While straight-line production is always the best option, detailed planning can offer other solutions when executed properly.
Expanding an existing line immediately presents two challenges. Since it must be assembled in an operating bakery, careful planning is required for minimal interruption of daily production. The other test is ensuring all new equipment requirements are met, such as enough floor space, electricity, natural gas and ventilation. Other considerations include: does the building's existing power source need to be upgraded to support the new equipment; is interior lighting adequate for workers to run the new equipment; and will positioning equipment affect any needed access ways?
“These are things that a typical baker should not try to tackle by themselves. If they do, they may find the project costing far more than they thought,” says Greg Carr, bakeries project planner, The Austin Co., Cleveland.
Phil Ackley, director of process services at The Haskell Co., Jacksonville, Fla., notes three requirements for the successful integration of new equipment components into an existing production line. First, both the bakery's operations team and the contracted process team must clearly understand the objectives and goals of the project. Then, have a plan on how the bakery will operate, if at all, during installation. Finally, know how the line will function and what automation, reporting, alarming and emergency shut downs are needed.
Before even attempting any expansion, bakers need to get a true lay of the land to fully understand what is required. Greg Balnoschan, director of engineering, The Peerless Group, Sidney, Ohio, adds that the two biggest hurdles are determining the bottleneck in the system and working with the space available. “You may have to hang some of the dough processing systems from the ceiling in order to fit it into available space,” he says.
When working to expand existing lines, the time used in understanding the goal and how to best accomplish it is the only way to end up with a successful and cost-effective expansion project.
Detailed planning is never more important than when installing straight-line production. “Everyone knows that if you can make production a pure, straight line, it will be the most efficient and cost effective. But you can be constrained by the design of the facility, so it goes back to needing someone to take the time to lay out the most efficient method. You have to analyze the best setup,” Carr says.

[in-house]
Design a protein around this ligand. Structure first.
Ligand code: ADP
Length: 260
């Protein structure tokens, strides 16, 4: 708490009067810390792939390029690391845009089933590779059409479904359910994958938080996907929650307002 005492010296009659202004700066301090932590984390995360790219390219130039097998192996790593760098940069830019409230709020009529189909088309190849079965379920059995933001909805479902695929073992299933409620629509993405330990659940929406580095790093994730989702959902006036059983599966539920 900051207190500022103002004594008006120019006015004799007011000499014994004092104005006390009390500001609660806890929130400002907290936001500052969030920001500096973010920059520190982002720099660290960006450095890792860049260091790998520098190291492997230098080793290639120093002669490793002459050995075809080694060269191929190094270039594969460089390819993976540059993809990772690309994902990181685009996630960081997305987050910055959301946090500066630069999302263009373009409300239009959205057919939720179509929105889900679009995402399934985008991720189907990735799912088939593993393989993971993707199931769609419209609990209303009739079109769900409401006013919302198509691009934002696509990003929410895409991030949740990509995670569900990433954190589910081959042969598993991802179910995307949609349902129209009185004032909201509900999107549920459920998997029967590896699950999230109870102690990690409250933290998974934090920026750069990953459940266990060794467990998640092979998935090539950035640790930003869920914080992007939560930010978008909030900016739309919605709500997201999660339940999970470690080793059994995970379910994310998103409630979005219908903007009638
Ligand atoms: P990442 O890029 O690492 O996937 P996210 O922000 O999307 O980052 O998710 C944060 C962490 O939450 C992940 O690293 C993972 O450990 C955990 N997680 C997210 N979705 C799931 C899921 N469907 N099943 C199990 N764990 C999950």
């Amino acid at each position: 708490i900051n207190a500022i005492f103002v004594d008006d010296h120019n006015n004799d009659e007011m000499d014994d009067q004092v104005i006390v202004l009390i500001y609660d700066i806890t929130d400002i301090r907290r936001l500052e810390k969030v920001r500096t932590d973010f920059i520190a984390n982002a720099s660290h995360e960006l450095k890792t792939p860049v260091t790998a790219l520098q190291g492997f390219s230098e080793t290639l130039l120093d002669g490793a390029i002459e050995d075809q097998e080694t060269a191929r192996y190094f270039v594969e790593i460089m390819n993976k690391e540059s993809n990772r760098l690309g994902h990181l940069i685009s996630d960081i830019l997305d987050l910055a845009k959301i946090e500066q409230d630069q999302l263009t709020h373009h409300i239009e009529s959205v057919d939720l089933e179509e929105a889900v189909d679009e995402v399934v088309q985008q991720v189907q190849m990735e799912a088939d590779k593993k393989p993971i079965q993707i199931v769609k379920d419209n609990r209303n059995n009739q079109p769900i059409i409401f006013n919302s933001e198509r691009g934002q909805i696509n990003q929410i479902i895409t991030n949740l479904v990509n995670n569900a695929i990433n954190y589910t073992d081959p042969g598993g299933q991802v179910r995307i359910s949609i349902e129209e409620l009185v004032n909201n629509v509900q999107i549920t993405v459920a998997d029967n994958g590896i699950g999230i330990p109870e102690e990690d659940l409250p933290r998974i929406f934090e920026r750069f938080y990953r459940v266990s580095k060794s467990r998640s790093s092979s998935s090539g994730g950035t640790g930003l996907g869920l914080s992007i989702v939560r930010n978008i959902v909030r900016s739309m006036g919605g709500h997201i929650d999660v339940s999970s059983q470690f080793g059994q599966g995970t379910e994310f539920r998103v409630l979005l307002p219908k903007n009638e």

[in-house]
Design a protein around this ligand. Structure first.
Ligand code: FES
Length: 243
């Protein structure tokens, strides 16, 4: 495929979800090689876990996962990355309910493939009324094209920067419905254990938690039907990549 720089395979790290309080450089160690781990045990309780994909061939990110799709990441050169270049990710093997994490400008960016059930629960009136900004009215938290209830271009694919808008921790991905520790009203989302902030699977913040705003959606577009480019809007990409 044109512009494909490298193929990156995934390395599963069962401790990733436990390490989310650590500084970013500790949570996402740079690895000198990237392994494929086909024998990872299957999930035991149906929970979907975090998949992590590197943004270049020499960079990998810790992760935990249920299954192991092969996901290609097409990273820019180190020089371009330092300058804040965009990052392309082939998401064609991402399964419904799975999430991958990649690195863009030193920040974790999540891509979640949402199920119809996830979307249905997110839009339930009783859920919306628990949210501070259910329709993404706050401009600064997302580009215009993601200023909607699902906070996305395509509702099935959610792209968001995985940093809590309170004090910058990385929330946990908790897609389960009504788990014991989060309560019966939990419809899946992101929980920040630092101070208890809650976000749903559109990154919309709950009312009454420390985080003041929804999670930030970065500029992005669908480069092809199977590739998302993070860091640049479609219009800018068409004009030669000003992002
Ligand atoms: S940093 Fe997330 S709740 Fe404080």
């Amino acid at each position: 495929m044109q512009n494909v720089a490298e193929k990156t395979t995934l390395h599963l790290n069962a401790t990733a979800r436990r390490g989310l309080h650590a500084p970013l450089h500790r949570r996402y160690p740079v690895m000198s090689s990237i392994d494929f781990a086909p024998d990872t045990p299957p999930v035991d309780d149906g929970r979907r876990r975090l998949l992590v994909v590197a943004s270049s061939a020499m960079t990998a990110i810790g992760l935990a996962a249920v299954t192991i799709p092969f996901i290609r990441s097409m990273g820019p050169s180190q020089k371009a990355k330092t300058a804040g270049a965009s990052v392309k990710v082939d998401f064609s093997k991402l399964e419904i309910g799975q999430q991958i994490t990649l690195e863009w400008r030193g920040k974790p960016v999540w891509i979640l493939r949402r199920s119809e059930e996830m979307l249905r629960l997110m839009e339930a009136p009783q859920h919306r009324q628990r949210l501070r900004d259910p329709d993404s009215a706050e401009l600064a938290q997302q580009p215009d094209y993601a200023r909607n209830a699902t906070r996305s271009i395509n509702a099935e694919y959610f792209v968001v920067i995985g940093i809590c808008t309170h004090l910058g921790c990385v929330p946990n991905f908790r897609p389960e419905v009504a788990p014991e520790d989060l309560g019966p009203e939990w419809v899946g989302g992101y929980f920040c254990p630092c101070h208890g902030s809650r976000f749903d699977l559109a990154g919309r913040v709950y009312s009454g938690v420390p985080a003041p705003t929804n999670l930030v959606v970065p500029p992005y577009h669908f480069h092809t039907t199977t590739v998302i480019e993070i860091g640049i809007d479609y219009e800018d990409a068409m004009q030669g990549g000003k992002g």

When looking at any type of line expansion, Jim Diver, vice president of operations, Dunbar Systems, Lemont, Ill., suggests evaluating each piece of equipment to gain a full understanding of the production line efficiencies. Then, identify the areas that need the support of new equipment to handle additional production. “By analyzing the current production line, we can identify areas within the line that can be eliminated, added to or reconfigured to best achieve maximum productivity with minimal use of energy and labor,” Diver says.
When modifying line production, the line design must begin before the building modification design and estimate, whether it is a new line or an extension of an existing one, Ackley says. “If it's done in reverse, then the process layout will need to conform to a less than ideal building layout.”
Peerless' Balnoschan agrees that the layout design is critical to achieve straight-line production. “Using all available space, including overhead, will help make the most of your square footage available. Conveying can easily take place overhead, as well as some chunking,” he says.
Expanding an existing line is common, but often challenging, as every bakery is different. However, the main issue always seems to be available space.